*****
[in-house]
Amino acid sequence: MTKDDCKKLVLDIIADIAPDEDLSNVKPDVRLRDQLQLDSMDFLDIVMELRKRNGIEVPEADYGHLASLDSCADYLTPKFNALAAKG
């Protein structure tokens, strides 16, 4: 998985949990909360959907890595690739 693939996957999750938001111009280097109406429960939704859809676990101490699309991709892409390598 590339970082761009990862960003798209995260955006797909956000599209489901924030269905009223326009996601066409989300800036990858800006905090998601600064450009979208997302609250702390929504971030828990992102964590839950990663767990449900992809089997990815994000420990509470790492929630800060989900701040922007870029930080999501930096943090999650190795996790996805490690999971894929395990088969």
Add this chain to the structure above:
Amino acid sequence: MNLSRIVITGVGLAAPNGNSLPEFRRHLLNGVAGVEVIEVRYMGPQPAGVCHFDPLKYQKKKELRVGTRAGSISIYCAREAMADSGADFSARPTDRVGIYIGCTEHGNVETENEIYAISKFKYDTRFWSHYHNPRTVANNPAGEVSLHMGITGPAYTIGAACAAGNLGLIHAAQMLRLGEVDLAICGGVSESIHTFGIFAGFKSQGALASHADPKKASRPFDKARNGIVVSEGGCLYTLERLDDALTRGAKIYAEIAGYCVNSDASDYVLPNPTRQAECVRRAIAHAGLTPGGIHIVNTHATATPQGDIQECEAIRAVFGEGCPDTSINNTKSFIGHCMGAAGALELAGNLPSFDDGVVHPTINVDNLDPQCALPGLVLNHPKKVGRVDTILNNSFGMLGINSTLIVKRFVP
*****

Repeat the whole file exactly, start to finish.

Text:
[in-house]
Amino acid sequence: MTKDDCKKLVLDIIADIAPDEDLSNVKPDVRLRDQLQLDSMDFLDIVMELRKRNGIEVPEADYGHLASLDSCADYLTPKFNALAAKG
């Protein structure tokens, strides 16, 4: 998985949990909360959907890595690739 693939996957999750938001111009280097109406429960939704859809676990101490699309991709892409390598 590339970082761009990862960003798209995260955006797909956000599209489901924030269905009223326009996601066409989300800036990858800006905090998601600064450009979208997302609250702390929504971030828990992102964590839950990663767990449900992809089997990815994000420990509470790492929630800060989900701040922007870029930080999501930096943090999650190795996790996805490690999971894929395990088969």
Add this chain to the structure above:
Amino acid sequence: MNLSRIVITGVGLAAPNGNSLPEFRRHLLNGVAGVEVIEVRYMGPQPAGVCHFDPLKYQKKKELRVGTRAGSISIYCAREAMADSGADFSARPTDRVGIYIGCTEHGNVETENEIYAISKFKYDTRFWSHYHNPRTVANNPAGEVSLHMGITGPAYTIGAACAAGNLGLIHAAQMLRLGEVDLAICGGVSESIHTFGIFAGFKSQGALASHADPKKASRPFDKARNGIVVSEGGCLYTLERLDDALTRGAKIYAEIAGYCVNSDASDYVLPNPTRQAECVRRAIAHAGLTPGGIHIVNTHATATPQGDIQECEAIRAVFGEGCPDTSINNTKSFIGHCMGAAGALELAGNLPSFDDGVVHPTINVDNLDPQCALPGLVLNHPKKVGRVDTILNNSFGMLGINSTLIVKRFVP